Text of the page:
Made my arrival into this city around 1am this morning.  Luckily, my hotel/hostel was within walking distance.  I booked it this way on purpose.  It is called A&O Hotel/Hostel and I booked a female dorm room rather inexpensively. I was expecting something like the bunkhouse at NRAO in Green Bank but instead it was a tiny little room with three bunks and two twin beds. When I got into the room, the lights were off and the only beds left were top bunks. I loathe top bunks.  The heat was overbearing.  I went down to the front desk to see if I could upgrade to a hotel room.  I had made a guaranteed booking which at the time was the most inexpensive option.  It also meant that I couldn’t cancel the reservation or upgrade.  So I paid for one night in a hotel and just lost my 23 Euro for that one night.  I felt better.  I could open the window and wouldn’t disturb anyone.  The room was not worth the 54 Euro I paid for.  The room was pretty much bare. There was a table but no little goodies or a lamp that I can think of.  The two twin beds were pushed together and the room was small.  No decorations on the wall.  A very plain room.  I am going to try and tough out the female dorm room tonight.  I am not made for this I suppose.  I don’t think I would be dreading it so much if there was an outlet next to my bunk so that I could listen to my cell phone tonight.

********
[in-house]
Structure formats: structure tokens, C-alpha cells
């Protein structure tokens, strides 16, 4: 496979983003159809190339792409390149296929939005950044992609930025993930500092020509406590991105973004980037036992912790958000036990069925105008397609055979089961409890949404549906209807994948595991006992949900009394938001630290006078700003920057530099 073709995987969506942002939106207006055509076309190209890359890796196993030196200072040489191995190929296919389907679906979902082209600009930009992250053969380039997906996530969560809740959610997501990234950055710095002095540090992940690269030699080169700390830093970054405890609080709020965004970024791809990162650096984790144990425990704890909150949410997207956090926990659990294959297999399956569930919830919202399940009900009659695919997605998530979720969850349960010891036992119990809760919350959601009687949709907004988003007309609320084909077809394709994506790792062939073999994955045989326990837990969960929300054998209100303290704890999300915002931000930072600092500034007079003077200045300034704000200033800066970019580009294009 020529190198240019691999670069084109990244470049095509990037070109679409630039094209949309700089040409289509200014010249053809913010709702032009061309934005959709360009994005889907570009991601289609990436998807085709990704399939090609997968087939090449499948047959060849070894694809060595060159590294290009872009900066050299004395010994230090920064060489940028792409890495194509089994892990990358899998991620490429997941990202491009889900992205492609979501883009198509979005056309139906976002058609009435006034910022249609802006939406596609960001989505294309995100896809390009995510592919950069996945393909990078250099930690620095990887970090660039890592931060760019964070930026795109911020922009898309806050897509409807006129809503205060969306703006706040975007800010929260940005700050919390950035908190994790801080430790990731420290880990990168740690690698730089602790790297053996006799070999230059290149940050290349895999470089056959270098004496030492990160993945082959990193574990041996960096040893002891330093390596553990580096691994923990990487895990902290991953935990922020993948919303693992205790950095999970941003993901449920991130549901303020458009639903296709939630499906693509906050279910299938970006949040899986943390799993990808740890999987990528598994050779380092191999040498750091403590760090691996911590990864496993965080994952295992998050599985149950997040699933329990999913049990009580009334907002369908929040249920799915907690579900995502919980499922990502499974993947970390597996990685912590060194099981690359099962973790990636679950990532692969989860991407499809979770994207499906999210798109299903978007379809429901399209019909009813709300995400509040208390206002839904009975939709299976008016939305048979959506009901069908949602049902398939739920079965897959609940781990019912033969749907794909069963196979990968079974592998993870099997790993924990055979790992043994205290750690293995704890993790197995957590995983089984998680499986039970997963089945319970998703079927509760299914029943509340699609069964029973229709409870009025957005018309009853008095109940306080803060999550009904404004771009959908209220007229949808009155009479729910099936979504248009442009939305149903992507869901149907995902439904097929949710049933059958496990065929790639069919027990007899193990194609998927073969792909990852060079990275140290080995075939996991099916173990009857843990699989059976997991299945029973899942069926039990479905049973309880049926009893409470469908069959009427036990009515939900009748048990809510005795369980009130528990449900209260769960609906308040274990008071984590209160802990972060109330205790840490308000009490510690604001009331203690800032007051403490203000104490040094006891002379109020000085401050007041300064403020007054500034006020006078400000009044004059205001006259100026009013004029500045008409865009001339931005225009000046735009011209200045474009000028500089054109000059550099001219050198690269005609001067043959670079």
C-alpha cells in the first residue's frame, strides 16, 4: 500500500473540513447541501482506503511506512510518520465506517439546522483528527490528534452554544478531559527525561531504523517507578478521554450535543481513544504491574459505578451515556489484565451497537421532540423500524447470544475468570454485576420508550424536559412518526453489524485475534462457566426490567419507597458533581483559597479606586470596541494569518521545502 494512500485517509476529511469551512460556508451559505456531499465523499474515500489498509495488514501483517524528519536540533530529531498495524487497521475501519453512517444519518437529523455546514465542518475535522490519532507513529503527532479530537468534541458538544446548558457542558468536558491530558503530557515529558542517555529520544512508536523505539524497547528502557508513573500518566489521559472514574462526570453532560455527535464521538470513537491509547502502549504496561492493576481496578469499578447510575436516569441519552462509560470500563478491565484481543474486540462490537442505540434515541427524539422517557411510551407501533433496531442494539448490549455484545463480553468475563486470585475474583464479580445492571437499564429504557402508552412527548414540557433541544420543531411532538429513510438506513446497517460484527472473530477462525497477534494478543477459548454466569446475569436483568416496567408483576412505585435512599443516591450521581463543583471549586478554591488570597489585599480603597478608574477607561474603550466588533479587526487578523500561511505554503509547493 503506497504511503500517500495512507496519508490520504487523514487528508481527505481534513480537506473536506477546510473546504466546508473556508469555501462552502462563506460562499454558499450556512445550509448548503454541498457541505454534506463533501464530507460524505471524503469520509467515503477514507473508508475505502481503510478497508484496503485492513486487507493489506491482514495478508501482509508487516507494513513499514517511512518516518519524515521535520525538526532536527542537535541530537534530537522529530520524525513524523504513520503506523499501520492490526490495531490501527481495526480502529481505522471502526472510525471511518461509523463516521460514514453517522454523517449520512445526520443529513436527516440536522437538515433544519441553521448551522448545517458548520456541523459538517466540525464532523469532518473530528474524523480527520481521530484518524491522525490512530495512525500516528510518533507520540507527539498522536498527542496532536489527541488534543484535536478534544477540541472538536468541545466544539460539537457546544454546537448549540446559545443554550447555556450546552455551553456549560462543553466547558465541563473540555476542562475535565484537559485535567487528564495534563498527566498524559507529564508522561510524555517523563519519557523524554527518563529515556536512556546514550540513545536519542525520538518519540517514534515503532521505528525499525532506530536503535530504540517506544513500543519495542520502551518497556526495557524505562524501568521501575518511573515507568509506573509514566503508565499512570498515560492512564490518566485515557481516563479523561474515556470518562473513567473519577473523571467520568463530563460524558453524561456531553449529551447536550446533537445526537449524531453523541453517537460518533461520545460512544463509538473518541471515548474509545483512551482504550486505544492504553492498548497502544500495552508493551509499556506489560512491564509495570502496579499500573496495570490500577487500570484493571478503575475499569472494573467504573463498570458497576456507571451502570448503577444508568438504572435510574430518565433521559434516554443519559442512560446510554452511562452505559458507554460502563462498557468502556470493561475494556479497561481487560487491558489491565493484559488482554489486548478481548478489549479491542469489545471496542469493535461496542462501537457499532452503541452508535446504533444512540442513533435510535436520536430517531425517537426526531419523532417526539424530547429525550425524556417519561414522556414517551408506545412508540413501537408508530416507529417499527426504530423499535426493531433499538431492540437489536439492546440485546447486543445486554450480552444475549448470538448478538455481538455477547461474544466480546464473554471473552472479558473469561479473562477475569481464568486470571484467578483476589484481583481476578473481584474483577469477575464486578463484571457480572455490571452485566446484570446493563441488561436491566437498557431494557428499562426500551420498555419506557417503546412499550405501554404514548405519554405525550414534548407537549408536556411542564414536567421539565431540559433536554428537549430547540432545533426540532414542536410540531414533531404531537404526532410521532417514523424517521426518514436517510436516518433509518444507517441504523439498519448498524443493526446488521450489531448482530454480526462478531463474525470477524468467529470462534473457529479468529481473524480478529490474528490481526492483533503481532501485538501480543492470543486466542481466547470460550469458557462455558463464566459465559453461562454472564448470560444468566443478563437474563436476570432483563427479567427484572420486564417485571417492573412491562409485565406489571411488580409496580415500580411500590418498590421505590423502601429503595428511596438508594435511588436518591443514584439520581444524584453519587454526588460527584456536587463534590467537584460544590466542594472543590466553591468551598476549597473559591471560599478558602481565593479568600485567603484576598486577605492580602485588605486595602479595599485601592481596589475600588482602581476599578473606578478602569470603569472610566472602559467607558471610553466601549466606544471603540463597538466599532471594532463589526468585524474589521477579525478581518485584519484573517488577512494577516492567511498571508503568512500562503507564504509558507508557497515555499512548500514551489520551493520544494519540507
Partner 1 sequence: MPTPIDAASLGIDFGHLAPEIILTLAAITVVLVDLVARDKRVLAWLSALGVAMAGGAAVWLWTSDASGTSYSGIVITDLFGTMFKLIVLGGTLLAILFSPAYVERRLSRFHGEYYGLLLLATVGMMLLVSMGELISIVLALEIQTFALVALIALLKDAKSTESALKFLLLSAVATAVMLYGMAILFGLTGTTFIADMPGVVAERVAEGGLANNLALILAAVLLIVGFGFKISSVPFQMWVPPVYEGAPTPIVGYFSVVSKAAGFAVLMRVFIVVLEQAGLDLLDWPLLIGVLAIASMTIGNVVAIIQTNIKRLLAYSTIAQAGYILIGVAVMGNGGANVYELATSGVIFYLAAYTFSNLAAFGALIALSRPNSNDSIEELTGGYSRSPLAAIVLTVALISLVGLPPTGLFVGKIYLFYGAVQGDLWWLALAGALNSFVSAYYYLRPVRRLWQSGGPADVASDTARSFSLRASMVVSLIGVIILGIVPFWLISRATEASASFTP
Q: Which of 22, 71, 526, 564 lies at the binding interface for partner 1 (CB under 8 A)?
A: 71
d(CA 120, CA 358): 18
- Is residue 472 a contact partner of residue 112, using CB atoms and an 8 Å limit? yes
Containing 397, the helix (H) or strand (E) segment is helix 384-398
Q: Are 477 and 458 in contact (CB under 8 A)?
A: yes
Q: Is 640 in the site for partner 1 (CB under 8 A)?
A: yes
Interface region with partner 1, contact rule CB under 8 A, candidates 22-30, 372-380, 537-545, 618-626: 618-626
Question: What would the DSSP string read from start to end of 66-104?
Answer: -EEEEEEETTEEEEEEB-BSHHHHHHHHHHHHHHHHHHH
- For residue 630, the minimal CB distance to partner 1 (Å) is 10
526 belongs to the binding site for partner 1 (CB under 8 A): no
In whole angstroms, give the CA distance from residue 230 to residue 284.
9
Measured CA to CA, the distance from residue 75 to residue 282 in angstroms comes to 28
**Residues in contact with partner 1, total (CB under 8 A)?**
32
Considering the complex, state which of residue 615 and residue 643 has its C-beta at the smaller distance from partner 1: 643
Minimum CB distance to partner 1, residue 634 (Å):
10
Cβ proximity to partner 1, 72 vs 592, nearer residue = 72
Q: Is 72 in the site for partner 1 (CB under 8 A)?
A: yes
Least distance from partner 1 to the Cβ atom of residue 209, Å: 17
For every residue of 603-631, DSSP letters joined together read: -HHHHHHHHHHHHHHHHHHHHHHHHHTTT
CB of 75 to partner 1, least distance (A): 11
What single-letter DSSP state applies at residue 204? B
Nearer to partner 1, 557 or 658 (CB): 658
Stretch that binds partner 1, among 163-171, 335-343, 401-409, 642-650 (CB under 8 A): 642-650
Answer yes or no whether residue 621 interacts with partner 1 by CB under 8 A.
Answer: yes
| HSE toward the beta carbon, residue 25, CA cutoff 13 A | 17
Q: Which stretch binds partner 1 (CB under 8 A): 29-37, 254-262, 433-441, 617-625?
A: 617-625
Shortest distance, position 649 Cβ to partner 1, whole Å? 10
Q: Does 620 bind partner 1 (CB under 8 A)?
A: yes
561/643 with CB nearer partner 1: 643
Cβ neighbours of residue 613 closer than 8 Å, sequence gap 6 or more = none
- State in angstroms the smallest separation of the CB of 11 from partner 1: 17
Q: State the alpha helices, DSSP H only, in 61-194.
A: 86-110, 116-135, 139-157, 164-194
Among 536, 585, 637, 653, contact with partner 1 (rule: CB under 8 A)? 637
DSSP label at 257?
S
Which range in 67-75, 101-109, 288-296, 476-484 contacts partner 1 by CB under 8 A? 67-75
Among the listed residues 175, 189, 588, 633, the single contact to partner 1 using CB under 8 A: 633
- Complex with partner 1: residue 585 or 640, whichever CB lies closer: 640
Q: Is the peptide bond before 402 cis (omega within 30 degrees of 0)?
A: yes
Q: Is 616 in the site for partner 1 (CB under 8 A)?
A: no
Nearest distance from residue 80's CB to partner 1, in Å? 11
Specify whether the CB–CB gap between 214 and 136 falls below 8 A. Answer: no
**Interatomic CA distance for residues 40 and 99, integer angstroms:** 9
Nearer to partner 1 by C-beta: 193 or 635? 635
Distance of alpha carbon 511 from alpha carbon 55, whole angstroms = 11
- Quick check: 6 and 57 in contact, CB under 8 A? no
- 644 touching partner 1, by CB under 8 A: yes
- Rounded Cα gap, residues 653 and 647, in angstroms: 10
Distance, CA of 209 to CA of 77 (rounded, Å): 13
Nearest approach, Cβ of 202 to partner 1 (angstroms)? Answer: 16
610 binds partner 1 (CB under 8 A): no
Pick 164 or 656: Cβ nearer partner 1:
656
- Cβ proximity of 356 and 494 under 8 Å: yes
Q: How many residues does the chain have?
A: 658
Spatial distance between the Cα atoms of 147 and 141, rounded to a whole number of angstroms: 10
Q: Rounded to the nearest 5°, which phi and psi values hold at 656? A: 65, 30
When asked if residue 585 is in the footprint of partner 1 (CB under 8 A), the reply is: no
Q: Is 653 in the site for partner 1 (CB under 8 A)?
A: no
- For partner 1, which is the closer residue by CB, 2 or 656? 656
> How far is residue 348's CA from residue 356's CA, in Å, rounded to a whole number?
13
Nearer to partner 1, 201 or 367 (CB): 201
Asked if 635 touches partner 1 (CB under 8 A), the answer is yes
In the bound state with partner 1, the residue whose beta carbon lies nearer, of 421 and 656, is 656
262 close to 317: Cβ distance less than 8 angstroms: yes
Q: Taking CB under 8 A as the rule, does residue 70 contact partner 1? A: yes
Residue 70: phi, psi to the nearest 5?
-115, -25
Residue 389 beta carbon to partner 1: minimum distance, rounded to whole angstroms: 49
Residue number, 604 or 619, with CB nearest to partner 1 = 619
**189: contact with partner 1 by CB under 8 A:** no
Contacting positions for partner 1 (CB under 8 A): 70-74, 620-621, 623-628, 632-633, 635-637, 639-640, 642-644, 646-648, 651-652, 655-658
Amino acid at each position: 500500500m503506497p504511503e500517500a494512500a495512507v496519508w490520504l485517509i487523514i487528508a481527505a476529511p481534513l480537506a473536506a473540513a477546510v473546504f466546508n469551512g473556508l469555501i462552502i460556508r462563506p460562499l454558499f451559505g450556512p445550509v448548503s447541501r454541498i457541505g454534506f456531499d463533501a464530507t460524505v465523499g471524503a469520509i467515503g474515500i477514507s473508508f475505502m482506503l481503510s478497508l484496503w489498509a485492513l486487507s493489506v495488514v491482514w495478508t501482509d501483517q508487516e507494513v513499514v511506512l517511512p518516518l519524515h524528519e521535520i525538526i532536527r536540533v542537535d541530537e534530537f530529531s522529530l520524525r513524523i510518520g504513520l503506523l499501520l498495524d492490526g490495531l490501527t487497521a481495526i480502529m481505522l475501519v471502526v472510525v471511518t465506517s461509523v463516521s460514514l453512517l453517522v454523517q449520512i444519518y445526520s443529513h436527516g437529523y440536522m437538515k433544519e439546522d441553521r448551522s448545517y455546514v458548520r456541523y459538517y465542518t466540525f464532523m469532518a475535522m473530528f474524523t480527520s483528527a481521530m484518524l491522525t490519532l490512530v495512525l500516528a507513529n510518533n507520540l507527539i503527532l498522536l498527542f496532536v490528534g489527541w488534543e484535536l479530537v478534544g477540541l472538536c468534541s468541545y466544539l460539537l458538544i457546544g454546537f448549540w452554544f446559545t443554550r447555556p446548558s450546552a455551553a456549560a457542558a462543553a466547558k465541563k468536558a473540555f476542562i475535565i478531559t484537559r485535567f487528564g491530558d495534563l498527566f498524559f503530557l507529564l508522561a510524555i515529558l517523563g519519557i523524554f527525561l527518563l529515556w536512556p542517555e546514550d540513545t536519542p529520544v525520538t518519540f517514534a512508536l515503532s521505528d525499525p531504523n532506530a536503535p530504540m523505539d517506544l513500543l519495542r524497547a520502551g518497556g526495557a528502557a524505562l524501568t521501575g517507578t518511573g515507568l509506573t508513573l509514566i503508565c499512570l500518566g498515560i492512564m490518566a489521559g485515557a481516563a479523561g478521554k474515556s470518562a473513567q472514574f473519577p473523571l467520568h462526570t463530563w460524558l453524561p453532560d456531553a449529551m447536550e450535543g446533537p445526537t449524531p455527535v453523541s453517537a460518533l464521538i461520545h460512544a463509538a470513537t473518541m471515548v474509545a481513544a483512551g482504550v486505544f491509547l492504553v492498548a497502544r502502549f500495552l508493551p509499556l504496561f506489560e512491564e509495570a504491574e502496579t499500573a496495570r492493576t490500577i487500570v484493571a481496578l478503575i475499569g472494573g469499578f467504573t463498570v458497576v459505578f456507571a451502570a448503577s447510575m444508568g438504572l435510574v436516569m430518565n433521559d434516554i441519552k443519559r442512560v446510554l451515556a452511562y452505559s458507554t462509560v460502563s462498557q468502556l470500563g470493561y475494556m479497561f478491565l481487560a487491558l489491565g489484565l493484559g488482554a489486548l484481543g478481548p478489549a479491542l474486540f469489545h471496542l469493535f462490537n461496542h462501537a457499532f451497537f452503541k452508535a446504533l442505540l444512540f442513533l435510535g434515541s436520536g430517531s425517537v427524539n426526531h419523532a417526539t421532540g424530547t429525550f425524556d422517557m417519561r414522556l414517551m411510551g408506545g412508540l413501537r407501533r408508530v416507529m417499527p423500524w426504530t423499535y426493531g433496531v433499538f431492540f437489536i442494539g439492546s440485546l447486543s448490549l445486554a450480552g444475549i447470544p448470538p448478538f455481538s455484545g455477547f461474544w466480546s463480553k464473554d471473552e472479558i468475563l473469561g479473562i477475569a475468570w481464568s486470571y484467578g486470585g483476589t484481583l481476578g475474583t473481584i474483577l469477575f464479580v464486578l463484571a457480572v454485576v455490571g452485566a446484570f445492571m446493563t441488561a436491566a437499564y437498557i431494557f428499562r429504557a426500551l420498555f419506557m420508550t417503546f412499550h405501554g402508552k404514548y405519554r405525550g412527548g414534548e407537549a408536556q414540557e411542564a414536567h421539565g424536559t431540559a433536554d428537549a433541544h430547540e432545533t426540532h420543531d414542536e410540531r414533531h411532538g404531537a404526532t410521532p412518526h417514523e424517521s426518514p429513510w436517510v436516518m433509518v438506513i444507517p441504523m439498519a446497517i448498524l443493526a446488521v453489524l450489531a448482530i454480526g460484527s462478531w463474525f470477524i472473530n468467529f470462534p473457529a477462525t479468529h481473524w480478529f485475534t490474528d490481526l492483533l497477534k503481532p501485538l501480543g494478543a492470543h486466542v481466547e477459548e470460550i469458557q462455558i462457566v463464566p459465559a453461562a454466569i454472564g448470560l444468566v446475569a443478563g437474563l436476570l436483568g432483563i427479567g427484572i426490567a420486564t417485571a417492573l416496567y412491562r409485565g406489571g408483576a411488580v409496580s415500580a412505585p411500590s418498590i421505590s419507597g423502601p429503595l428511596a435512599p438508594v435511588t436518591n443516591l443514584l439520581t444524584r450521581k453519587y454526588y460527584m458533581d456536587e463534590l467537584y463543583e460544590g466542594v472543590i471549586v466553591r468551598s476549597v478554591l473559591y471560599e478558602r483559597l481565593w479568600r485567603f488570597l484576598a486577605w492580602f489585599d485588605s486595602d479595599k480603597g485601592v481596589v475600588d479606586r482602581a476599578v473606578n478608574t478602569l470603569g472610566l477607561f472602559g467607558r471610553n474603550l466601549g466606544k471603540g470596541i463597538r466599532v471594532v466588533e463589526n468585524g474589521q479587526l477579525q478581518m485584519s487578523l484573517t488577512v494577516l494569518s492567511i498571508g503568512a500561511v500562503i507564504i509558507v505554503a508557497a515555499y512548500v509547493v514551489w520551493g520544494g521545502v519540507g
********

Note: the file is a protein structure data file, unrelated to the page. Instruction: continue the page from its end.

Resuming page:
I highly recommend if you visit Berlin to get a Berlin Welcome Card.  Pay a little extra and get the Berlin Welcome Card with Museum Island Pass.  It gets you into all five museums on the island. With a normal Welcome Card you get your train ticket for the city for two days and discounts at over 200 hundred locations.  Plus, with the Museum Island pass you don’t have to wait in line for to buy tickets and can skip the waiting line for the museum all together.  It only costs $38.50 Euro. Considering you would pay about 10 Euro or more per museum you are saving a lot since it includes these passes and your train fare. 

My first stop was the Pergamon Museum.  It holds the Ishtar Gate which was built in Babylon during the rule of Nebuchadnezzar.  It is beautiful.  It also has the Pergamon Altar which lends the museum its name.  My next stop was the Neues Museum.  Its most famous pieces are the painted bust of Nefertiti and the Golden Hat.  It also hosts countless other antiquities. I spent most of my time today there. It was surreal to be near these priceless artifacts.  I could have easily held out my hand and touched them.  Of course, guards would have been on me in an instant.  You could easily have spent a whole day in either museum but I am only in Berlin two days so I couldn’t.  😦